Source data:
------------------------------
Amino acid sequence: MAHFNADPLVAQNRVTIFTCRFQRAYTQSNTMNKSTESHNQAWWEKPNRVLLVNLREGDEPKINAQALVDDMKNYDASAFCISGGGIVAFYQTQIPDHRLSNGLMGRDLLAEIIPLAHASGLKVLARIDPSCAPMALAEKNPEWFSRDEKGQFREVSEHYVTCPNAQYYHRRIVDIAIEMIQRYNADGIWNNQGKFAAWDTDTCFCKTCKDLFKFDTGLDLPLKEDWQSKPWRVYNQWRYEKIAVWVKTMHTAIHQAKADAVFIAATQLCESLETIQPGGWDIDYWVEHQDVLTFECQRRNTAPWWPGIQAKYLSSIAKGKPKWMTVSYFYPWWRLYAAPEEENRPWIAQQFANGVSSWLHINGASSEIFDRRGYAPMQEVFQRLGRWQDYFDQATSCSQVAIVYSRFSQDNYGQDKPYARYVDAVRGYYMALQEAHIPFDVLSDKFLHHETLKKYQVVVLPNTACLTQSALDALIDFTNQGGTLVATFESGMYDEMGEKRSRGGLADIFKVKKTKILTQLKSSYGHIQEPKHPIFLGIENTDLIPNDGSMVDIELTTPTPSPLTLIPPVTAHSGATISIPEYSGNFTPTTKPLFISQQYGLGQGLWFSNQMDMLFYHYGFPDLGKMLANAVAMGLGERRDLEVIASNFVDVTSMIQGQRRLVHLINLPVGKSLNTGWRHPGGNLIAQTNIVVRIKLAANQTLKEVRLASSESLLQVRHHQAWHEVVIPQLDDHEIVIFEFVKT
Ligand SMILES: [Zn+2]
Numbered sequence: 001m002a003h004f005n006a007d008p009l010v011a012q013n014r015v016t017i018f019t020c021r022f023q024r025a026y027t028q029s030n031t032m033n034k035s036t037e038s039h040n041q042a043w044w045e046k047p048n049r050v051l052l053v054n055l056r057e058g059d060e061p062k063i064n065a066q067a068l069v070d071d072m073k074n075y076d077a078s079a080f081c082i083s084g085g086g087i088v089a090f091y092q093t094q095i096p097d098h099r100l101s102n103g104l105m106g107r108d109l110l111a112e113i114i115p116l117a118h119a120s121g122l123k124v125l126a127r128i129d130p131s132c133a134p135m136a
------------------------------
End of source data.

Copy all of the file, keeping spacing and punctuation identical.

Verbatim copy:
Amino acid sequence: MAHFNADPLVAQNRVTIFTCRFQRAYTQSNTMNKSTESHNQAWWEKPNRVLLVNLREGDEPKINAQALVDDMKNYDASAFCISGGGIVAFYQTQIPDHRLSNGLMGRDLLAEIIPLAHASGLKVLARIDPSCAPMALAEKNPEWFSRDEKGQFREVSEHYVTCPNAQYYHRRIVDIAIEMIQRYNADGIWNNQGKFAAWDTDTCFCKTCKDLFKFDTGLDLPLKEDWQSKPWRVYNQWRYEKIAVWVKTMHTAIHQAKADAVFIAATQLCESLETIQPGGWDIDYWVEHQDVLTFECQRRNTAPWWPGIQAKYLSSIAKGKPKWMTVSYFYPWWRLYAAPEEENRPWIAQQFANGVSSWLHINGASSEIFDRRGYAPMQEVFQRLGRWQDYFDQATSCSQVAIVYSRFSQDNYGQDKPYARYVDAVRGYYMALQEAHIPFDVLSDKFLHHETLKKYQVVVLPNTACLTQSALDALIDFTNQGGTLVATFESGMYDEMGEKRSRGGLADIFKVKKTKILTQLKSSYGHIQEPKHPIFLGIENTDLIPNDGSMVDIELTTPTPSPLTLIPPVTAHSGATISIPEYSGNFTPTTKPLFISQQYGLGQGLWFSNQMDMLFYHYGFPDLGKMLANAVAMGLGERRDLEVIASNFVDVTSMIQGQRRLVHLINLPVGKSLNTGWRHPGGNLIAQTNIVVRIKLAANQTLKEVRLASSESLLQVRHHQAWHEVVIPQLDDHEIVIFEFVKT
Ligand SMILES: [Zn+2]
Numbered sequence: 001m002a003h004f005n006a007d008p009l010v011a012q013n014r015v016t017i018f019t020c021r022f023q024r025a026y027t028q029s030n031t032m033n034k035s036t037e038s039h040n041q042a043w044w045e046k047p048n049r050v051l052l053v054n055l056r057e058g059d060e061p062k063i064n065a066q067a068l069v070d071d072m073k074n075y076d077a078s079a080f081c082i083s084g085g086g087i088v089a090f091y092q093t094q095i096p097d098h099r100l101s102n103g104l105m106g107r108d109l110l111a112e113i114i115p116l117a118h119a120s121g122l123k124v125l126a127r128i129d130p131s132c133a134p135m136a